New rules have been introduced to protect car insurance customers from so-called “loyalty penalties” when they renew their policies. The measures implemented by the Financial Conduct Authority (FCA) mean existing customers must be offered a renewal price that is no higher than they would pay as a new customer.
The FCA measures are designed to prevent a practice known as ‘price walking’, which sees loyal customers charged slightly more every year. This has meant consumers are being forced to shop around and switch their insurance provider every year to avoid paying higher prices.
According to the financial regulator, this practice also distorts the market, with many firms offering below-cost prices to attract new customers. The organisation also says insurers are using “sophisticated processes” to offer attractive deals to customers who they think will not switch in the future and will therefore pay more.
Under the new measures, the FCA will also introduce new measures that make it easier for “most consumers” to cancel their policies, and to make insurers “consider how they offer fair value to their customers”. The regulator will also require insurers to report data to the FCA, allowing it to “supervise” the market more effectively.
Although the FCA admits its changes will mean companies stop offering “unsustainably low-priced deals” to some customers, it expects the majority to save money. Over 10 years, the organisation estimates these measures will save consumers a combined total of £4.2 billion.
“These measures will put an end to the very high prices paid by many loyal customers,” said Sheldon Mills, the executive director for consumers and competition at the FCA. “Consumers can still benefit from shopping around or negotiating with their current provider – but won’t be charged more at renewal just for being an existing customer.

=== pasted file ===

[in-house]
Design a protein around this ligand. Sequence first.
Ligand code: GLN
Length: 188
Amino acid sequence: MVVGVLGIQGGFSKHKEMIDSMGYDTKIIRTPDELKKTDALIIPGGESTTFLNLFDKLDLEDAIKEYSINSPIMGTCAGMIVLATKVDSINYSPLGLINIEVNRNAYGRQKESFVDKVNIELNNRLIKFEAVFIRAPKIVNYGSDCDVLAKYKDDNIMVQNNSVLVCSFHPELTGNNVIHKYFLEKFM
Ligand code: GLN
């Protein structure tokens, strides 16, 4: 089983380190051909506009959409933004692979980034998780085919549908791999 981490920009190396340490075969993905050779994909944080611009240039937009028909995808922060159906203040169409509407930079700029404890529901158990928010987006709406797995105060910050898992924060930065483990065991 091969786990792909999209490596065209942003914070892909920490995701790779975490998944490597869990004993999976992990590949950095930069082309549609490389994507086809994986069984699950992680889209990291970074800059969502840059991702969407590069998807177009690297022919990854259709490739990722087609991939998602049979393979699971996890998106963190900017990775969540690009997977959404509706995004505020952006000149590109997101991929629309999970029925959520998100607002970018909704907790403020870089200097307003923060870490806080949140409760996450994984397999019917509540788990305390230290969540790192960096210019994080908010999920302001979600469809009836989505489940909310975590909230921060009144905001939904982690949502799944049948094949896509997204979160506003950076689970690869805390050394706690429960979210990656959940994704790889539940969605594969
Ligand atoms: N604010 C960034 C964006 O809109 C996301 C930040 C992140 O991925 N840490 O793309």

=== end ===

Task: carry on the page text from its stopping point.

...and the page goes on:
“We are making the insurance market work better for millions of people. We will be watching closely to see how the market develops in the future and to ensure firms continue to deliver fairer value to consumers.”
Meanwhile Charlotte Clark, the director of regulation at the Association of British Insurers (ABI), said the insurance industry backed the changes.
“Insurers support these reforms and will continue working closely with the FCA to ensure they are delivered effectively,” she said. “While the FCA recognises their interventions could lead to price increases for consumers who regularly shop around, these remedies should ensure that all customers get fair outcomes from competitive insurance markets.
“It is vital that the new rules are applied across the whole insurance market, including price comparison websites and insurance brokers, with a uniform level of supervision and monitoring by the FCA, to ensure good customer outcomes. As the FCA has said previously, insurers do not make excessive profits and, as they now point out, it is likely that firms will no longer be able to offer unsustainably low-priced deals to some customers.”